It’s possible that overwatering could cause spillover, but it depends on how you water it and where. If you pour water in one place that is already saturated, it’s likely to flood and cause the flowers to die. In contrast, if you shower water over the whole bed, or focus on the driest areas, the water will be soaked up and the flowers will grow.
The article also highlights how massive spending following the 2008 financial crisis and recovery did not cause runaway inflation. Instead, inflation has been near record lows over the last decade.
How do we respond?
We believe the most reliable way to protect yourself from different economic conditions like inflation is to have a balanced, diversified portfolio that includes a mix of assets with real expected returns (total portfolio return less inflation). The amount allocated between stocks, bonds, and other investments like real estate will vary, but it’s during inflationary periods like this when staying on the sidelines and holding too much cash can erode purchasing power over time.
We also invest in specific asset classes to help navigate inflation. Value stocks tend to perform well in inflationary environments as investors seek present income and strong cash flows. Sectors like energy, consumer staples, and financials are prominent in value equities and often perform well during these periods. On the fixed income side, we utilize government credit in our bond allocations, which tends to be less sensitive to inflationary pressure than corporate credit. Merriman portfolios also feature alternative specialized investments in real estate, reinsurance, and alternative lending. These assets have real expected returns above inflation and are less correlated with the stock and bond markets. Real estate tends to perform better during periods of rising inflation as investors increase rents to adjust to the changing prices. Reinsurance contracts can also respond to rising costs and rates by increasing premiums annually and keeping the collateral invested in assets with at or above inflation levels of return. Alternative lenders utilize floating rates which provide flexibility in a volatile rate market as well. Specialized investments offer an alternative to purchasing additional bonds for diversification from equities and provide tools for responding to inflation.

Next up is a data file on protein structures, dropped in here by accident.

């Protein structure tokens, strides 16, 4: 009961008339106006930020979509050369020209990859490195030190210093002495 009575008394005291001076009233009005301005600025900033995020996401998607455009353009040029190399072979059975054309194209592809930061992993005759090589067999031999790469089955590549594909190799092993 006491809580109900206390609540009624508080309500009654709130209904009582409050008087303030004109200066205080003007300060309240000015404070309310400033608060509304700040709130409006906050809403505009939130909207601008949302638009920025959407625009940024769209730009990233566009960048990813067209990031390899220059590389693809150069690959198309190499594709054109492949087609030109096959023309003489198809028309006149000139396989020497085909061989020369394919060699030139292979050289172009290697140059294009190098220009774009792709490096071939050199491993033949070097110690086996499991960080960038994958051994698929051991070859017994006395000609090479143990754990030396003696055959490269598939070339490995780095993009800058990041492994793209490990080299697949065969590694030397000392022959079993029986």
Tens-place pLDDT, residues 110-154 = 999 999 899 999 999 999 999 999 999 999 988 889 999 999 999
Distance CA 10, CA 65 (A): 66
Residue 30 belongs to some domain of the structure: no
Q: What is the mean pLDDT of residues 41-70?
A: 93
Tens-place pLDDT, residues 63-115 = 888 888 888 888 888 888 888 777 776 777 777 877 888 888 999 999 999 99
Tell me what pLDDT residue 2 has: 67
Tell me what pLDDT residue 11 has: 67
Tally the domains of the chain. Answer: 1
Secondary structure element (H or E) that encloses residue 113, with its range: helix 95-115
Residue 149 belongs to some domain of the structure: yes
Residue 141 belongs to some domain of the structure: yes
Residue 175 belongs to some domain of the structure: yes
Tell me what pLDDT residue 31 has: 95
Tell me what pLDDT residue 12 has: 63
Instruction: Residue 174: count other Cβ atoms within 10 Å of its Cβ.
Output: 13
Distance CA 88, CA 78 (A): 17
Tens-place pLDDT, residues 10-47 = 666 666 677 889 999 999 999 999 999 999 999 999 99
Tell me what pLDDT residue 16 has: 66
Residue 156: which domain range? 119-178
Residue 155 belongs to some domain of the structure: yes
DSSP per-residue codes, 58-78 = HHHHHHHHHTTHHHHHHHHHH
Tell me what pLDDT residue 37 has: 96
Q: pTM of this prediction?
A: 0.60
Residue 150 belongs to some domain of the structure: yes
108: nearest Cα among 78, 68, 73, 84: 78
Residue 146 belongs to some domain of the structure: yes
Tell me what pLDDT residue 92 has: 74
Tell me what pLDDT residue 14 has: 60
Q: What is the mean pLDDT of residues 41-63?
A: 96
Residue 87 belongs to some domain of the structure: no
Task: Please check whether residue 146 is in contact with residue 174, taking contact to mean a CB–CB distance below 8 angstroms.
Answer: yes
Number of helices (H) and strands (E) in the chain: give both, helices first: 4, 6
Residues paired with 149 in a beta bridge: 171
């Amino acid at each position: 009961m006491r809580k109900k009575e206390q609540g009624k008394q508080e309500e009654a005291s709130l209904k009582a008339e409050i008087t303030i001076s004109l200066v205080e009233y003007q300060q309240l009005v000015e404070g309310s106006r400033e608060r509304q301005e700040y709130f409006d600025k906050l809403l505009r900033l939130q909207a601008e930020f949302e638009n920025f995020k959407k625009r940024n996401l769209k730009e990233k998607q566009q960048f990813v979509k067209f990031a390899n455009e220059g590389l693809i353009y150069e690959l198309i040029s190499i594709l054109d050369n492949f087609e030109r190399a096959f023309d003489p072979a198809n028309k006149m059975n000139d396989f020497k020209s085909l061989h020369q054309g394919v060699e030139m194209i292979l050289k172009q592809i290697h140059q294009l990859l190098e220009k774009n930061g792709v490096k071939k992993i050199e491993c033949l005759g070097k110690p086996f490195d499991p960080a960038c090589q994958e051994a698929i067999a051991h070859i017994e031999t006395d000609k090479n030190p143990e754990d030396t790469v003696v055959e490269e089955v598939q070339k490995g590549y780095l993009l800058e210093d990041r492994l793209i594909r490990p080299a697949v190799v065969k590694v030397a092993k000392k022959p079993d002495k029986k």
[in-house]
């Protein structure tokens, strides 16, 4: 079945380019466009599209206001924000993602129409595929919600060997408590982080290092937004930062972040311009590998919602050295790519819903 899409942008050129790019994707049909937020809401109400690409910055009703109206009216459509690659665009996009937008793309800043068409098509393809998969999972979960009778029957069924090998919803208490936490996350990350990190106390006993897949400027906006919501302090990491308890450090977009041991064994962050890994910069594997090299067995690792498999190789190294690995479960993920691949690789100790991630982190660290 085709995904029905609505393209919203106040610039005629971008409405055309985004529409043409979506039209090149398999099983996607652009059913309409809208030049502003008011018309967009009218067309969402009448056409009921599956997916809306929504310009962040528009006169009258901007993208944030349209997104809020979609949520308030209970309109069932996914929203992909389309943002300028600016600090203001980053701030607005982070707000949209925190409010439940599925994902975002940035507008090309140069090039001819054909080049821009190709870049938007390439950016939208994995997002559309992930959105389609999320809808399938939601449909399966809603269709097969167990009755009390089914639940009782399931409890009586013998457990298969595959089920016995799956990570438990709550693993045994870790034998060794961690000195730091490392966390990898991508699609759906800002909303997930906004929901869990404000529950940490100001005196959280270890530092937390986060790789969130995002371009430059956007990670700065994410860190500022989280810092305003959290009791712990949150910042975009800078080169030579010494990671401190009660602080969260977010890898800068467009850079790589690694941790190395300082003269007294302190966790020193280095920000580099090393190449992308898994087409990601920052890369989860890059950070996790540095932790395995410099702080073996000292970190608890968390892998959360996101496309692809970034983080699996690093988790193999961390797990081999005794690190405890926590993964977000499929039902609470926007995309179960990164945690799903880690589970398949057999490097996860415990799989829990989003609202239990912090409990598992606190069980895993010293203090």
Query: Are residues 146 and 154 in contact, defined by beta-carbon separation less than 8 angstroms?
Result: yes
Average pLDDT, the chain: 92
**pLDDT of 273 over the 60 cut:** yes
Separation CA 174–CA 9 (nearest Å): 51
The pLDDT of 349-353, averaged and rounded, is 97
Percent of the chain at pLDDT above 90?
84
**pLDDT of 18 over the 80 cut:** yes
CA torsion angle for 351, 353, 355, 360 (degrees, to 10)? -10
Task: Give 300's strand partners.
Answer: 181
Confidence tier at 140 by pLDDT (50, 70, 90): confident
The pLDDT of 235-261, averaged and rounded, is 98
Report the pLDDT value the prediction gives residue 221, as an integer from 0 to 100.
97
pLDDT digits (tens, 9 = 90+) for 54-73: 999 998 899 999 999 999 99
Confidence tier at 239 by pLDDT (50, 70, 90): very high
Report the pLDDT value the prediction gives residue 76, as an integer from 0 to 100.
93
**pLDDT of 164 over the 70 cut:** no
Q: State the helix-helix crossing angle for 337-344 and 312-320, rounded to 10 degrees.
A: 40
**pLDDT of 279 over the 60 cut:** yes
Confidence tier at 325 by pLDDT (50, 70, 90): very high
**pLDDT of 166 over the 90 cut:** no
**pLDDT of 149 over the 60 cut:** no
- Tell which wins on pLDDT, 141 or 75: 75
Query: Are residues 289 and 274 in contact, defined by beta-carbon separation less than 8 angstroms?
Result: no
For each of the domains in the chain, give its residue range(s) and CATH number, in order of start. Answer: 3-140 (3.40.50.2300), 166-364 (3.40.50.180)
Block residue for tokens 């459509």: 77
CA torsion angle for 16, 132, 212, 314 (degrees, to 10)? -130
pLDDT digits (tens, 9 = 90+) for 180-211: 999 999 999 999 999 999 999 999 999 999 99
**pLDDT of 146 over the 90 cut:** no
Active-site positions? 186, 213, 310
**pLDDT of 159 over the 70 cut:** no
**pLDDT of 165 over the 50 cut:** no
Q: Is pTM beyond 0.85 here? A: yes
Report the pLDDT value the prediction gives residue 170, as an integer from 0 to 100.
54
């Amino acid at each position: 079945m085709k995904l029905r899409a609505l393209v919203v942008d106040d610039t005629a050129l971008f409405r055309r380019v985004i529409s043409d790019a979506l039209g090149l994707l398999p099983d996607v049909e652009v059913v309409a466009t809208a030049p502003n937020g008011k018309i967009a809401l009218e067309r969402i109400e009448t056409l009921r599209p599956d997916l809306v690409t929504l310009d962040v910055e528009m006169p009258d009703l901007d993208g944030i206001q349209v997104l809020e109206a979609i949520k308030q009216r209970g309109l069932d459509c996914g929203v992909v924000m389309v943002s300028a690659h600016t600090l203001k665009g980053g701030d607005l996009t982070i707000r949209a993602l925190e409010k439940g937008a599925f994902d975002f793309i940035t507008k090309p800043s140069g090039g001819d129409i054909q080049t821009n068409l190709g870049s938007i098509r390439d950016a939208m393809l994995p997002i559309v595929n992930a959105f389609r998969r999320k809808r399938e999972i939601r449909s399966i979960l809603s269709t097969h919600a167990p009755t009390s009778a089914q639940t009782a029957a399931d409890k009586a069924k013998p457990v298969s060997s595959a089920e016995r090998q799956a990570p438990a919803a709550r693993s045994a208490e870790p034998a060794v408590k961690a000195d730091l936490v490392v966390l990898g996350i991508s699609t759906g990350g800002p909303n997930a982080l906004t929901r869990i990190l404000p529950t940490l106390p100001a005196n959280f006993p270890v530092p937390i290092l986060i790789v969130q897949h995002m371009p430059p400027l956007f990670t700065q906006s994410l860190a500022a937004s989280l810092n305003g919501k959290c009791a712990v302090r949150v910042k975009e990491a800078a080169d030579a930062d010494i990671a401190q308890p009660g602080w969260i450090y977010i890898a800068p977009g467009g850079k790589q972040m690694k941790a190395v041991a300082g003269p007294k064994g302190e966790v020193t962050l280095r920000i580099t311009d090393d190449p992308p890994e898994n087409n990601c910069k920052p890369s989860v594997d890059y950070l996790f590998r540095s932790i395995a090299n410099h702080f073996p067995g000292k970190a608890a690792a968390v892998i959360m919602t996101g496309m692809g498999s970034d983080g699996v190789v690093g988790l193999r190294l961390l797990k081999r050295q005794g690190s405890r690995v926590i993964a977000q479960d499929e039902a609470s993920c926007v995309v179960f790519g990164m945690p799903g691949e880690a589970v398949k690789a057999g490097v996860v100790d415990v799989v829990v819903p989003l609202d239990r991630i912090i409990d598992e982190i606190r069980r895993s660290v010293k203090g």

Inflation is an important reality when investing, whether it’s how it affects portfolios or the economy as a whole. We enjoy diving into the causes, concerns, and strategies to address inflation, and hopefully provide insight to ease any worries. At Merriman, we will continue to monitor inflation and ensure we’re positioned properly to navigate changes, up or down.
All opinions expressed in this article are for general informational purposes and constitute the judgment of the author(s) as of the date of the report. These opinions are subject to change without notice and are not intended to provide specific advice or recommendations for any individual or on any specific security. The material has been gathered from sources believed to be reliable, however Merriman cannot guarantee the accuracy or completeness of such information, and certain information presented here may have been condensed or summarized from its original source. Merriman does not provide tax or legal or accounting advice, and nothing contained in these materials should be taken as such. To determine which investments may be appropriate for you, consult your financial advisor prior to investing. As always please remember investing involves risk and possible loss of principal capital and past performance does not guarantee future returns; please seek advice from a licensed professional. Advisory services are only offered to clients or prospective clients where Merriman and its representatives are properly licensed or exempt from licensure. No advice may be rendered by Merriman unless a client service agreement is in place.